Today, all of our students are using social media platforms like Facebook, Instagram, and Twitter as their main form of communication.  This can be incredibly dangerous because no one is teaching their adolescent brains how to carry out this discourse responsibly.  Parents, for the most part are not participating on these platforms, and for those that do, they are blissfully unaware of their children's activities and level of vulnerability.  Teachers frequently want to draw the line in the sand and avoid this level of intimacy with students, claiming it is not their responsibility. I am not one of these teachers.  If all of the adults in our students' lives avoid engaging with students on this level, who is looking out for them? I care too much about my students to leave something this important to the uninformed (parents and peers) to guide my students on responsible use of a technology tool that has the potential to have such a huge impact on their future.  I am an educator and my job is to educate and protect my students from their own ignorance until they are mature enough to handle that responsibility on their own and truly understand the consequences of their actions.

Screenshot 4:7:13 8:27 AM-2.jpeg

Facebook groups are actually more private than most of the platforms offered at your school for student collaboration.  The first thing you should do with your students is show them how to set their privacy settings so that the members of the group (read your teacher) will only be able to see what they want them to see if they are not friends with them on Facebook.  Have your students open up their FB pages and click on the padlock in the upper right hand corner of their page.  They then need to click on "who can see my stuff?".  This will unfold the menu below. 

Screenshot 4:7:13 8:28 AM.jpeg

They should make sure that they have the who can see my future posts designated as friends only.  At this point they might need to go back through previous posts/ pics and change the privacy settings on those individually.  This is something every student should do anyway as I suspect the majority of them have not been smart about their FB usage.  There is a new feature that allows you to see how others view your page.  I would recommend that all of your students do this so that they know what a college recruiter, employer, teacher, parent, or friend can see when they look at their page.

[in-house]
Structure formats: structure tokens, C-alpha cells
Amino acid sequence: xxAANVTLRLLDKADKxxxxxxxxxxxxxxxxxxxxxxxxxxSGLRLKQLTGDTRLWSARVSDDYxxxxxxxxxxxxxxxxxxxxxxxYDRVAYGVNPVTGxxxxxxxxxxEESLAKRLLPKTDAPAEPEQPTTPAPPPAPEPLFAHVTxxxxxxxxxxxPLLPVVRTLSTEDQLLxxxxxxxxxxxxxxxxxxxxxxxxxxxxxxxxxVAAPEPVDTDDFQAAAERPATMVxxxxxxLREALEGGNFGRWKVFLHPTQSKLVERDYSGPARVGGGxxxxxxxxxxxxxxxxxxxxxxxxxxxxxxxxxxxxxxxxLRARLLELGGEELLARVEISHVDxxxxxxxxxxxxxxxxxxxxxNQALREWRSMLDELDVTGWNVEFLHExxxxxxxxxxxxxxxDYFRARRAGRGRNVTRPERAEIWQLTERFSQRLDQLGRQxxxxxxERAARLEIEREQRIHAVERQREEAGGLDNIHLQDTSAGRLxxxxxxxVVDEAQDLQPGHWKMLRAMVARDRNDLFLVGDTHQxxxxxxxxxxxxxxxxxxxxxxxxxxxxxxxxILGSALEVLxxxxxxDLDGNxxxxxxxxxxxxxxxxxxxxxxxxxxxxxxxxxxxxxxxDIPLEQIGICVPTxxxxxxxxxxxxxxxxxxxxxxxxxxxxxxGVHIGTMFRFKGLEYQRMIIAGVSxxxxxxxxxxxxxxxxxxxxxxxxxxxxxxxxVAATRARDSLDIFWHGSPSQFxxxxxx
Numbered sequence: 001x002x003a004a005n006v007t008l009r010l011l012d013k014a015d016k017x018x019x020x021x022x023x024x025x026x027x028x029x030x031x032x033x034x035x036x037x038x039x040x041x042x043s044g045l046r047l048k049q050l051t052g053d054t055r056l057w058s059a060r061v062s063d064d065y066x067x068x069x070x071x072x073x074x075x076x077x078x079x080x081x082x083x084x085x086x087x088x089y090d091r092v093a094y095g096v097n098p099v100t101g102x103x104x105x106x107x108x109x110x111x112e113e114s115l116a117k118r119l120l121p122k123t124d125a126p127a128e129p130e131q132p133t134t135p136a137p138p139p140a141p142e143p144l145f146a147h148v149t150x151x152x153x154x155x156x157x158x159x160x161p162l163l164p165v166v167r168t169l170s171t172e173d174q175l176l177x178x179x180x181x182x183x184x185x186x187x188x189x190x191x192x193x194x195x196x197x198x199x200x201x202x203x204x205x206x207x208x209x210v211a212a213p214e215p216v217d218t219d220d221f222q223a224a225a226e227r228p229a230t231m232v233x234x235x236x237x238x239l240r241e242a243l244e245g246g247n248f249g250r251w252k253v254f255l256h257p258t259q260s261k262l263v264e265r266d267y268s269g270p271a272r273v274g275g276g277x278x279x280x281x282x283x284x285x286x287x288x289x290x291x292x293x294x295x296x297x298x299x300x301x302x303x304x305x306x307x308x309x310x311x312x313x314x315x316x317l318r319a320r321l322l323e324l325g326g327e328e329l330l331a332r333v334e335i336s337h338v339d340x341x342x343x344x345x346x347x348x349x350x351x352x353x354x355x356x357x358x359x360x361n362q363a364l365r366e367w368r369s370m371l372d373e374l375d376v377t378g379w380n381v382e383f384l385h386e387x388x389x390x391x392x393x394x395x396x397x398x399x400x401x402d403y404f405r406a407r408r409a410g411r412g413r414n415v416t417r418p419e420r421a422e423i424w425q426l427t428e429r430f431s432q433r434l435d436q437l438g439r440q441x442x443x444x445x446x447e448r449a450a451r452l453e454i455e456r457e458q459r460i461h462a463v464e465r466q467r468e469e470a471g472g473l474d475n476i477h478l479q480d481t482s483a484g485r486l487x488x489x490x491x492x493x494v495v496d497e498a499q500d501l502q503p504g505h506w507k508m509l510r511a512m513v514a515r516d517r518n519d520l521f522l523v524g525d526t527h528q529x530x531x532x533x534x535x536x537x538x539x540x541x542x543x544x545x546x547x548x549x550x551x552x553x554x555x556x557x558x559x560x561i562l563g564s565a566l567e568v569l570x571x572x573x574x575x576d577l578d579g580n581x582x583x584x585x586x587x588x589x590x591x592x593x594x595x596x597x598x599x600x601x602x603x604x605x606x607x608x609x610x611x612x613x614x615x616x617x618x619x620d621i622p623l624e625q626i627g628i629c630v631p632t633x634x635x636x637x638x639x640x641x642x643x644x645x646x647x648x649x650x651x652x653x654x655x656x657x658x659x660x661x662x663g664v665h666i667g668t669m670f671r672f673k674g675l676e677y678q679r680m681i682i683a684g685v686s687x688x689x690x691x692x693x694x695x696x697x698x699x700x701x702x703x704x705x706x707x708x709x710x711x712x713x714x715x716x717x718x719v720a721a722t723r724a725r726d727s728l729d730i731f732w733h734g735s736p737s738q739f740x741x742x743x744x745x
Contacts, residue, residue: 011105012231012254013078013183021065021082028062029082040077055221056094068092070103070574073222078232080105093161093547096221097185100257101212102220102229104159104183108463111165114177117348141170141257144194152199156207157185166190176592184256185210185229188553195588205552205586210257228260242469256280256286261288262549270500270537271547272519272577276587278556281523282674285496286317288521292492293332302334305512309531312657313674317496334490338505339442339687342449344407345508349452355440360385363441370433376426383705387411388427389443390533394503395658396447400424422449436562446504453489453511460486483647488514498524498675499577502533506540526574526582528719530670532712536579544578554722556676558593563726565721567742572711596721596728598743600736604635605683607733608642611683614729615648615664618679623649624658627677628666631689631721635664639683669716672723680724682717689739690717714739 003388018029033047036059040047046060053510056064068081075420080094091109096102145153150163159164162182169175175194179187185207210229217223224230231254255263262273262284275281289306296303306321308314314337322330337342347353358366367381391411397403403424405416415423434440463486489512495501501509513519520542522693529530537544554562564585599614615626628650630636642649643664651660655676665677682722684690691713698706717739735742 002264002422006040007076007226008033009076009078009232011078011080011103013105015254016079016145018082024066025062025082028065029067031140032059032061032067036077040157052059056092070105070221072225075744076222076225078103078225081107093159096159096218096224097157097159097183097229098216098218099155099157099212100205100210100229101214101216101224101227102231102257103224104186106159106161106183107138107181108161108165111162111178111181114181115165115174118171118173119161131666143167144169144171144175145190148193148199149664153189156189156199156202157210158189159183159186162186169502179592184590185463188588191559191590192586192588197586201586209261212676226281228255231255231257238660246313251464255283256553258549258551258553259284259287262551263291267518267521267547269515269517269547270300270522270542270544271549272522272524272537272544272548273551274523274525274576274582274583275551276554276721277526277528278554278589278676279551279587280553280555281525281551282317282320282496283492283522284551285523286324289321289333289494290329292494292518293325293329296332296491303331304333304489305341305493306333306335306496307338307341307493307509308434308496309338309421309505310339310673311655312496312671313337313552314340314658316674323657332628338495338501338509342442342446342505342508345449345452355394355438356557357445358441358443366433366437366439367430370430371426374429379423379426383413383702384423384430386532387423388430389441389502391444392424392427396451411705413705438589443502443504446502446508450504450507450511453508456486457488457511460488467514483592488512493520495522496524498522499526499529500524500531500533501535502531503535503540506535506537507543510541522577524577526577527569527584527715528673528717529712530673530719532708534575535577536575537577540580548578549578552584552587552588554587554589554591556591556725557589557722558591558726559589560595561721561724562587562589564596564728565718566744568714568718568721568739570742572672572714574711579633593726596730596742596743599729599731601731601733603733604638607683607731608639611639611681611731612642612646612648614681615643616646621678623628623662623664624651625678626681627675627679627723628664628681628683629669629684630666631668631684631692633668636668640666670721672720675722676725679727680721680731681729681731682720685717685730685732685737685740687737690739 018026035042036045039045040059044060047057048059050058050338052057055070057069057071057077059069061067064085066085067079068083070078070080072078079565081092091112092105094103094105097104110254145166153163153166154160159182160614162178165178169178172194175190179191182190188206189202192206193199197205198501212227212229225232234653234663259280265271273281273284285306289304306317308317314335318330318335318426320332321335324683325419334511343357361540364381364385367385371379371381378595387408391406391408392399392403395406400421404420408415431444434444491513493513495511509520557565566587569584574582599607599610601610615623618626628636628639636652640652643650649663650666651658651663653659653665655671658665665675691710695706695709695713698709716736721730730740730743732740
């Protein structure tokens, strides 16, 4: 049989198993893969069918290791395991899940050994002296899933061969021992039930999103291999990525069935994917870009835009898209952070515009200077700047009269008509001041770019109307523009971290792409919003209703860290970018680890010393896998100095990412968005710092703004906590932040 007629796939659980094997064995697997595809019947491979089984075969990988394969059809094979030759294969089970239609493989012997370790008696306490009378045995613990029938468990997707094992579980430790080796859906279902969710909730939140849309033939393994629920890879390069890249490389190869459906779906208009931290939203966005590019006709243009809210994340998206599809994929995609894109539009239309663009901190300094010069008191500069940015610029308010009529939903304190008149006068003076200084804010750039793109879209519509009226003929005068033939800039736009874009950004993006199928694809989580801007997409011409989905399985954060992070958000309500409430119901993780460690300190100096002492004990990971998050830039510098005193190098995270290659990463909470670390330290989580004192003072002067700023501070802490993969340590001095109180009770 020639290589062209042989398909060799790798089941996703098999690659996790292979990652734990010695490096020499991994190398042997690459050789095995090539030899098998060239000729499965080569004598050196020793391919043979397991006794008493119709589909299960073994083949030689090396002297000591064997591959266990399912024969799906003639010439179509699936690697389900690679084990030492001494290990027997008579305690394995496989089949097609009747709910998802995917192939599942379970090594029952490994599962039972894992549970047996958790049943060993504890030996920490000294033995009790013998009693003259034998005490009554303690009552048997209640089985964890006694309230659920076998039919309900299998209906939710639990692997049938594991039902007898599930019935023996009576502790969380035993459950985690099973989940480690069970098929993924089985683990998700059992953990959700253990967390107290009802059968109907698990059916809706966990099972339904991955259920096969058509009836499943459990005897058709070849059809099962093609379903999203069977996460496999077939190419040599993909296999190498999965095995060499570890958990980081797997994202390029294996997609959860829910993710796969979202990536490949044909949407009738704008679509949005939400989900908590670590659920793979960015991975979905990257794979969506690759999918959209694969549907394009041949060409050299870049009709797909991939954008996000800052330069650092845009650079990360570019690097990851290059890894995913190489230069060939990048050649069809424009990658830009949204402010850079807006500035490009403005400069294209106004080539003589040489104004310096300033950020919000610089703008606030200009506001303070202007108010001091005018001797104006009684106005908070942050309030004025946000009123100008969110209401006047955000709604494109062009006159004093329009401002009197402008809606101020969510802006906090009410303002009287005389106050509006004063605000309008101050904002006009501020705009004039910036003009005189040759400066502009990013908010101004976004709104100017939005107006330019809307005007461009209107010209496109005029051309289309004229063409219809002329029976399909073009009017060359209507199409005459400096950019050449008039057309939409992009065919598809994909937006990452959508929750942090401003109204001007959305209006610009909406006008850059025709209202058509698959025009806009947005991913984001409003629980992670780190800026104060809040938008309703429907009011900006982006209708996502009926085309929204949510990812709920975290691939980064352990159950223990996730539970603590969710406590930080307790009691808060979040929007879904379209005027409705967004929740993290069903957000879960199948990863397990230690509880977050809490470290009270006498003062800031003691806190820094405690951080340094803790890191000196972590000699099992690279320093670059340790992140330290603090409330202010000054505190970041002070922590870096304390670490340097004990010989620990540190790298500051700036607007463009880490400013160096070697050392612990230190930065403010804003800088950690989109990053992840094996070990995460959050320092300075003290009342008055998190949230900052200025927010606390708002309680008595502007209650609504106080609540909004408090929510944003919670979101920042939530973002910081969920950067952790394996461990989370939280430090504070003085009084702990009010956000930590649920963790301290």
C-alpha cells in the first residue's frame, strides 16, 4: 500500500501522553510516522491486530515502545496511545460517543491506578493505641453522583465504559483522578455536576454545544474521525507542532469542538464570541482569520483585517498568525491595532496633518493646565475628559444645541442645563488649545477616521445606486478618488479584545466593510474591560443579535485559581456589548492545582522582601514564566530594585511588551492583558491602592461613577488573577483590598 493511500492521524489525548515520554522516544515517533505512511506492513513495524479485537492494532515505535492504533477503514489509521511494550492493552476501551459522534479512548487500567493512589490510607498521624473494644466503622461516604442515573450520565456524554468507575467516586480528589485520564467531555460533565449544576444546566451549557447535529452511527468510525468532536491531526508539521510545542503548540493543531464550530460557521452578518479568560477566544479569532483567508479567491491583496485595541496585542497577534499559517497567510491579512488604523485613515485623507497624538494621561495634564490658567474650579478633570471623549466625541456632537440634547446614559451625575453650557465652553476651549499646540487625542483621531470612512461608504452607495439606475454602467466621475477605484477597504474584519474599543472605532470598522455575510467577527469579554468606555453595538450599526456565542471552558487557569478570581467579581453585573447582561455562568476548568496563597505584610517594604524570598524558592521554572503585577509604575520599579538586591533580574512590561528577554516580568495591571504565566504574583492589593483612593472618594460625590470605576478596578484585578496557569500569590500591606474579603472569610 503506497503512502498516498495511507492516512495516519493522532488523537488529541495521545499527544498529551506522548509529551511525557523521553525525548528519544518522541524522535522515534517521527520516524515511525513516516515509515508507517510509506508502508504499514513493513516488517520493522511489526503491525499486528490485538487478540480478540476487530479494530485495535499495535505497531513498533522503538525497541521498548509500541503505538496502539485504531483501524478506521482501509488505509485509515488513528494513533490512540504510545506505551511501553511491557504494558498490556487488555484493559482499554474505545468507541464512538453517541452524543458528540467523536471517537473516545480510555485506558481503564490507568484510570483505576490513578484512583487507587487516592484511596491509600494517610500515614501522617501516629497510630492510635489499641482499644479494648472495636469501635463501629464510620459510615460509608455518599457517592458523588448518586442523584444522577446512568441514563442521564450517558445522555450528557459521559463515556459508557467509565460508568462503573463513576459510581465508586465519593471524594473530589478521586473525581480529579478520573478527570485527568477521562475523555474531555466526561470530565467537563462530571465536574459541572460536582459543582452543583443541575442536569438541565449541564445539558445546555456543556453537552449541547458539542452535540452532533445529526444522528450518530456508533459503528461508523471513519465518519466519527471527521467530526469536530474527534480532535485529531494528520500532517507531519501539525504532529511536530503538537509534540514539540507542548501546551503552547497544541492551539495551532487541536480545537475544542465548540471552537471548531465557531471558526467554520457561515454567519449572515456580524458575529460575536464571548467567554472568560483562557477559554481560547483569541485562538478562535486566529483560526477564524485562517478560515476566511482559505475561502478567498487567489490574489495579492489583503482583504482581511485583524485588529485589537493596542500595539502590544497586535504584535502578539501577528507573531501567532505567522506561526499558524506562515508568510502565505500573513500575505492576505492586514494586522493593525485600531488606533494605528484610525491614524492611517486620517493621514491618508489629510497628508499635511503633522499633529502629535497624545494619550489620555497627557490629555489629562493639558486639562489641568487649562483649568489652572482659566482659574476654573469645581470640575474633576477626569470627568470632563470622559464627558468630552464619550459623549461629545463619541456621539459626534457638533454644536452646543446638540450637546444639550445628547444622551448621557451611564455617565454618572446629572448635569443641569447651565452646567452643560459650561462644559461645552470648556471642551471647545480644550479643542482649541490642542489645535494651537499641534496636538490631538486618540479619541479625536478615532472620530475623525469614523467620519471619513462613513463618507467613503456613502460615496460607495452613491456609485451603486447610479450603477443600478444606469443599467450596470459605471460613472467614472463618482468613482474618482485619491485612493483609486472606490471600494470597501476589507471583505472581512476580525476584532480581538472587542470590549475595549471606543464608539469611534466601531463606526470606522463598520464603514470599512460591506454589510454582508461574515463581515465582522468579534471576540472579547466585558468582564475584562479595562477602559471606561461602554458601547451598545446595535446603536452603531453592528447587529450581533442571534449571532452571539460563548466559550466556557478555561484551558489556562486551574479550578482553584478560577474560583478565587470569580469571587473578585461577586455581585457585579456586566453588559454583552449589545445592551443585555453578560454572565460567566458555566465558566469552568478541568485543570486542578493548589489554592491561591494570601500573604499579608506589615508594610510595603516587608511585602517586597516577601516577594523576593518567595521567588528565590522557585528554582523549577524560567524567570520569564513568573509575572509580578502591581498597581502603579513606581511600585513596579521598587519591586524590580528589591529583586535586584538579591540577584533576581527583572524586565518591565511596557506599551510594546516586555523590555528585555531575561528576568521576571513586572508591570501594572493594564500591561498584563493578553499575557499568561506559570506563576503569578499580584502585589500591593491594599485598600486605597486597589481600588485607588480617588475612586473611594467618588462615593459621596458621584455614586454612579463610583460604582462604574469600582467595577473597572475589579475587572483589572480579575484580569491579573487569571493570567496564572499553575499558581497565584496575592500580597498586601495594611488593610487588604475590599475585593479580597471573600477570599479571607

Screenshot 4:7:13 8:29 AM.jpeg

Since your students are most likely friends with all of the people in your class, the FB group will not change their current vulnerability.  By ensuring that they simply select only friends can view future posts, you are protecting yourself from having to see something that might pop up on your homepage.  Here is a good comprehensive article that you can share with your students about privacy settings.

If you are still uncomfortable about students seeing what you post on your page, then create a separate account just for school.  This however defeats the purpose of having all of your traffic going to one place, as you will have to log into a separate account to retrieve your messages.   

Now for setting up the group.  There are several ways that you can do this.  If you don't want to friend your students, then you need to designate one person (a friend, child, colleague etc.) who is already your Facebook friend to set up the group.  You can delete them immediately after creating your group.   

Step 1: Create Group

Step 1: Create Group

Step 1: In the left hand column of your home page  select create group. 
This will bring you to the setup page.  Here you need to name your group, choose one friend to create the group, and then choose your privacy setting.  If you choose secret, no one will be able to find or join your group, so I recommend that you start with closed.  Now click create!

Screenshot 4:7:13 7:42 AM.jpeg

They will then give you the opportunity to choose an icon for your group and you are done.  Once on your group page you need to set it up.  The first thing you should do is click on the wheel and select "edit group settings", which will take you to the settings page (see pic to the left).

Edit group settings

Edit group settings

Until everyone joins the group, you want to keep your settings as closed or open.  Once all members have joined, you need to go back and switch it to secret.  Most of the steps are self-explanatory, but you will need to create a URL for your group.  It might take some time transfer from the temporary numerical URL you were assigned.  This is the URL that you will use to share with your students, so you should do this in advance of class by at least an hour to be on the safe side. 

Screenshot 4:7:13 8:20 AM.jpeg